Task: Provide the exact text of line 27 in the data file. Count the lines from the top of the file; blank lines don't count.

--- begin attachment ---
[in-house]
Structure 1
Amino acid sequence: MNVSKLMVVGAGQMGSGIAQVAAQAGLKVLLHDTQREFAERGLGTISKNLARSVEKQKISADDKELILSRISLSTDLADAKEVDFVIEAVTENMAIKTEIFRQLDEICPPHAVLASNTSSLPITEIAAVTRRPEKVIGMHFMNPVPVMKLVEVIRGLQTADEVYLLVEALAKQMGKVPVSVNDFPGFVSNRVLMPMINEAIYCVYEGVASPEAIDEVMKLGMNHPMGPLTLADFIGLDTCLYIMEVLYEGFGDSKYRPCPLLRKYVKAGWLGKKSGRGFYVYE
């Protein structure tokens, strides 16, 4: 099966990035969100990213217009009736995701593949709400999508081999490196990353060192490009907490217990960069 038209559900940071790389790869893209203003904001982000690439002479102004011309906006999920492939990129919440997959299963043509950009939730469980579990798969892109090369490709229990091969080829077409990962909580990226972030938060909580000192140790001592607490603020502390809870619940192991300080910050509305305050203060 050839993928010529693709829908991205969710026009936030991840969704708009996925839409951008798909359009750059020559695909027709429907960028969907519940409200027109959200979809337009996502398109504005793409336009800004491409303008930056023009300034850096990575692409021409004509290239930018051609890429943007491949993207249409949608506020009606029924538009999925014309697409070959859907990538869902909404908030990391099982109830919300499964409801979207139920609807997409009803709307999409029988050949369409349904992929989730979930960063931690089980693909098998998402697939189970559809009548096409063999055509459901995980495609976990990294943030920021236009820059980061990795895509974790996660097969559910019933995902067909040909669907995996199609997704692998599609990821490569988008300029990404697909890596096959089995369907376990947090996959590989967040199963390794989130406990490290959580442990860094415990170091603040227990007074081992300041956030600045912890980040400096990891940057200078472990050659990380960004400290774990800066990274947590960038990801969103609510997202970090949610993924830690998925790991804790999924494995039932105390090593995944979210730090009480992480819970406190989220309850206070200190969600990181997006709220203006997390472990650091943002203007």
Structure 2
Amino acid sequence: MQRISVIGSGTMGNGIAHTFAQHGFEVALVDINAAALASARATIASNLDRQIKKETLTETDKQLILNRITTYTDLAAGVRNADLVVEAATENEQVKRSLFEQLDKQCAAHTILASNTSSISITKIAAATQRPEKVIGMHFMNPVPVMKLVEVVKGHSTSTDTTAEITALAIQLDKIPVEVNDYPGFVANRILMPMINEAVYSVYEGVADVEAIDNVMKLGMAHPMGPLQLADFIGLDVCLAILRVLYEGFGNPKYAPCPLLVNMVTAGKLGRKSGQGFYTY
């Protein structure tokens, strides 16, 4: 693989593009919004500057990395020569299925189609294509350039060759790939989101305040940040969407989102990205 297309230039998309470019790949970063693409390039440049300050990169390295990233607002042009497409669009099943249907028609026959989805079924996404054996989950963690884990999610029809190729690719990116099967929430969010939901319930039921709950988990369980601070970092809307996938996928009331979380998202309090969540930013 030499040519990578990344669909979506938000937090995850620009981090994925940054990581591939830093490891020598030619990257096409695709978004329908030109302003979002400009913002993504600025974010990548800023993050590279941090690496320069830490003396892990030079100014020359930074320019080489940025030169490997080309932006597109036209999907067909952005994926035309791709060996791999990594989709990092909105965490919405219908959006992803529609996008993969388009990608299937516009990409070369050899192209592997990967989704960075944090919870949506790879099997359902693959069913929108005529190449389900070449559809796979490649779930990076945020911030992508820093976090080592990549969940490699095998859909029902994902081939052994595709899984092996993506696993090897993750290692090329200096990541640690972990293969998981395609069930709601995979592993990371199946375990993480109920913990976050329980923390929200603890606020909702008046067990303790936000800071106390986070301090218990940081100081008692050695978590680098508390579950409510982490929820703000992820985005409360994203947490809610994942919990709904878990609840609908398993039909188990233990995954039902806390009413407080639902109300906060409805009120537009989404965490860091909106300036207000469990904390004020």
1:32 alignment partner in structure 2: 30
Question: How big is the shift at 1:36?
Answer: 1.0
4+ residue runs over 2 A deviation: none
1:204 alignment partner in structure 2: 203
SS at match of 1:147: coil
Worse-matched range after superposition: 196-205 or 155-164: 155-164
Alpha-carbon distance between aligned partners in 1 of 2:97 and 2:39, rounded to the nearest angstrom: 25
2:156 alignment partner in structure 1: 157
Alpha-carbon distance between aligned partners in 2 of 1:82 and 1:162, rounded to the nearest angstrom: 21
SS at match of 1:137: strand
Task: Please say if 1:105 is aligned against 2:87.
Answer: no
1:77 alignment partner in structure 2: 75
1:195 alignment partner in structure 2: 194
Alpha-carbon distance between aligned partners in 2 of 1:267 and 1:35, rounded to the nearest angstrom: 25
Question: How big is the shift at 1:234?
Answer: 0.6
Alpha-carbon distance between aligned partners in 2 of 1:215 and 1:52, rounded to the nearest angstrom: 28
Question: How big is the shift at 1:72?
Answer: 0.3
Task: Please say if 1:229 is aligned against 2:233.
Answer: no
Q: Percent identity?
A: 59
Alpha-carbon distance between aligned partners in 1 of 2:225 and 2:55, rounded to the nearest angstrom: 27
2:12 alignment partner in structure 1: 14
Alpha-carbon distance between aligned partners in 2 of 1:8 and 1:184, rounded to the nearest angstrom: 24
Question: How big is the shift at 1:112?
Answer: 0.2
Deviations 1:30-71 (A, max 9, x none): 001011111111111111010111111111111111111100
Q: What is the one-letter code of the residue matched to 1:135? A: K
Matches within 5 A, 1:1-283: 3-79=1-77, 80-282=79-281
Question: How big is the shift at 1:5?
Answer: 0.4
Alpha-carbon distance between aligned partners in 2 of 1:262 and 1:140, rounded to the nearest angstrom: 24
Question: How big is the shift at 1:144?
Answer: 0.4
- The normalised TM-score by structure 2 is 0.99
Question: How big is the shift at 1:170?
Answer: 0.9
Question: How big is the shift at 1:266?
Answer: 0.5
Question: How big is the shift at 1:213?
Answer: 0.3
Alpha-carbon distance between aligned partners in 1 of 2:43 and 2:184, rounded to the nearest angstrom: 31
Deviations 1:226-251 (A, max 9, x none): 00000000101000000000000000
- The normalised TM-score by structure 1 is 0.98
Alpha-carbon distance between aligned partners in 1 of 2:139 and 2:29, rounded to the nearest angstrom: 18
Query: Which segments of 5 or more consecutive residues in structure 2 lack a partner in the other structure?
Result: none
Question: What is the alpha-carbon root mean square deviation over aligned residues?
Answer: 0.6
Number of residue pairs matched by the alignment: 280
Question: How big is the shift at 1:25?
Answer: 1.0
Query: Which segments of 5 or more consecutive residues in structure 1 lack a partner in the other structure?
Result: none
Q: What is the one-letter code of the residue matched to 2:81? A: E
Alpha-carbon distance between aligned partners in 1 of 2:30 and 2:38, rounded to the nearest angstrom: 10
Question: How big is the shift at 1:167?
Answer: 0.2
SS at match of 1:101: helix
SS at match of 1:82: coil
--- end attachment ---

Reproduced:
Question: How big is the shift at 1:72?